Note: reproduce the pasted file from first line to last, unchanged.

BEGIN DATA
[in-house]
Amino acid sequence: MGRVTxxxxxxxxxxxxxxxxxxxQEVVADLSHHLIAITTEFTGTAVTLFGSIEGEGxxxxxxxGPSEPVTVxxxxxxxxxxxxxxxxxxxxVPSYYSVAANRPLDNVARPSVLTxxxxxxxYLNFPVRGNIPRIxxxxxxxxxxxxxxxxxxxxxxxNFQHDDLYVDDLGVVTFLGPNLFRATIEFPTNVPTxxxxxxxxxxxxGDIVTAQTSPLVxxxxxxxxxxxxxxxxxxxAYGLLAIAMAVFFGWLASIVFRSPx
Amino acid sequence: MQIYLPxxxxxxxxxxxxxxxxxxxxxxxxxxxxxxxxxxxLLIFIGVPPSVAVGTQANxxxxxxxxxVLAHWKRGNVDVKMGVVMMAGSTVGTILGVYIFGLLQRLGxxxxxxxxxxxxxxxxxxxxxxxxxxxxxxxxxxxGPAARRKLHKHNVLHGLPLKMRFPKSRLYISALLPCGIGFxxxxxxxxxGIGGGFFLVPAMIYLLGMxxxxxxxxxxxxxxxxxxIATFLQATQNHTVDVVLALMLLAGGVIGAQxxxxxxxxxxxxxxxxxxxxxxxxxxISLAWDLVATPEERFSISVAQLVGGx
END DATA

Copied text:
[in-house]
Amino acid sequence: MGRVTxxxxxxxxxxxxxxxxxxxQEVVADLSHHLIAITTEFTGTAVTLFGSIEGEGxxxxxxxGPSEPVTVxxxxxxxxxxxxxxxxxxxxVPSYYSVAANRPLDNVARPSVLTxxxxxxxYLNFPVRGNIPRIxxxxxxxxxxxxxxxxxxxxxxxNFQHDDLYVDDLGVVTFLGPNLFRATIEFPTNVPTxxxxxxxxxxxxGDIVTAQTSPLVxxxxxxxxxxxxxxxxxxxAYGLLAIAMAVFFGWLASIVFRSPx
Amino acid sequence: MQIYLPxxxxxxxxxxxxxxxxxxxxxxxxxxxxxxxxxxxLLIFIGVPPSVAVGTQANxxxxxxxxxVLAHWKRGNVDVKMGVVMMAGSTVGTILGVYIFGLLQRLGxxxxxxxxxxxxxxxxxxxxxxxxxxxxxxxxxxxGPAARRKLHKHNVLHGLPLKMRFPKSRLYISALLPCGIGFxxxxxxxxxGIGGGFFLVPAMIYLLGMxxxxxxxxxxxxxxxxxxIATFLQATQNHTVDVVLALMLLAGGVIGAQxxxxxxxxxxxxxxxxxxxxxxxxxxISLAWDLVATPEERFSISVAQLVGGx